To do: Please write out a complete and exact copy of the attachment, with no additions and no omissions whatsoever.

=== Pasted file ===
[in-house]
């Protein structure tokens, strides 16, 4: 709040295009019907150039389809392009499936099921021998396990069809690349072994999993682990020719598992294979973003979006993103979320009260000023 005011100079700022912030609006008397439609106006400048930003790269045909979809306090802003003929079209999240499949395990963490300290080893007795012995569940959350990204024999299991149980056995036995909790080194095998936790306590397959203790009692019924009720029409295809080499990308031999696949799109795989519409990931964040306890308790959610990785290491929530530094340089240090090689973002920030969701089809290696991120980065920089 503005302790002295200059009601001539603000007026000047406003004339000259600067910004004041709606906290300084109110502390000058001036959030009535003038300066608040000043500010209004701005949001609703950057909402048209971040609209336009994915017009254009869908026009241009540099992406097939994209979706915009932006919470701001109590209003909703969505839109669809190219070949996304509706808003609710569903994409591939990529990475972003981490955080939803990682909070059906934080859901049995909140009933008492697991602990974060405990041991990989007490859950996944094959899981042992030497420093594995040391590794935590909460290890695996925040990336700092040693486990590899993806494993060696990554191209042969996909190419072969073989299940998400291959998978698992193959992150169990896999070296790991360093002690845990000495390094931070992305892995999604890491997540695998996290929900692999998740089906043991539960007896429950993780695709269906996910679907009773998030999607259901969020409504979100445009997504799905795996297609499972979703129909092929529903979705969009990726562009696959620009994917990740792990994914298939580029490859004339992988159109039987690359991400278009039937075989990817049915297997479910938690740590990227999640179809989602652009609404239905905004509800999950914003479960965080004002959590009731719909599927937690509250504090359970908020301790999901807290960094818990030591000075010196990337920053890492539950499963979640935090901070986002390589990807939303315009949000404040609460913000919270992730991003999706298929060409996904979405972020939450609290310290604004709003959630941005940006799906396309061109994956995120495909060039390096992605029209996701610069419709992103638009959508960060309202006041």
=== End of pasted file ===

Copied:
[in-house]
């Protein structure tokens, strides 16, 4: 709040295009019907150039389809392009499936099921021998396990069809690349072994999993682990020719598992294979973003979006993103979320009260000023 005011100079700022912030609006008397439609106006400048930003790269045909979809306090802003003929079209999240499949395990963490300290080893007795012995569940959350990204024999299991149980056995036995909790080194095998936790306590397959203790009692019924009720029409295809080499990308031999696949799109795989519409990931964040306890308790959610990785290491929530530094340089240090090689973002920030969701089809290696991120980065920089 503005302790002295200059009601001539603000007026000047406003004339000259600067910004004041709606906290300084109110502390000058001036959030009535003038300066608040000043500010209004701005949001609703950057909402048209971040609209336009994915017009254009869908026009241009540099992406097939994209979706915009932006919470701001109590209003909703969505839109669809190219070949996304509706808003609710569903994409591939990529990475972003981490955080939803990682909070059906934080859901049995909140009933008492697991602990974060405990041991990989007490859950996944094959899981042992030497420093594995040391590794935590909460290890695996925040990336700092040693486990590899993806494993060696990554191209042969996909190419072969073989299940998400291959998978698992193959992150169990896999070296790991360093002690845990000495390094931070992305892995999604890491997540695998996290929900692999998740089906043991539960007896429950993780695709269906996910679907009773998030999607259901969020409504979100445009997504799905795996297609499972979703129909092929529903979705969009990726562009696959620009994917990740792990994914298939580029490859004339992988159109039987690359991400278009039937075989990817049915297997479910938690740590990227999640179809989602652009609404239905905004509800999950914003479960965080004002959590009731719909599927937690509250504090359970908020301790999901807290960094818990030591000075010196990337920053890492539950499963979640935090901070986002390589990807939303315009949000404040609460913000919270992730991003999706298929060409996904979405972020939450609290310290604004709003959630941005940006799906396309061109994956995120495909060039390096992605029209996701610069419709992103638009959508960060309202006041």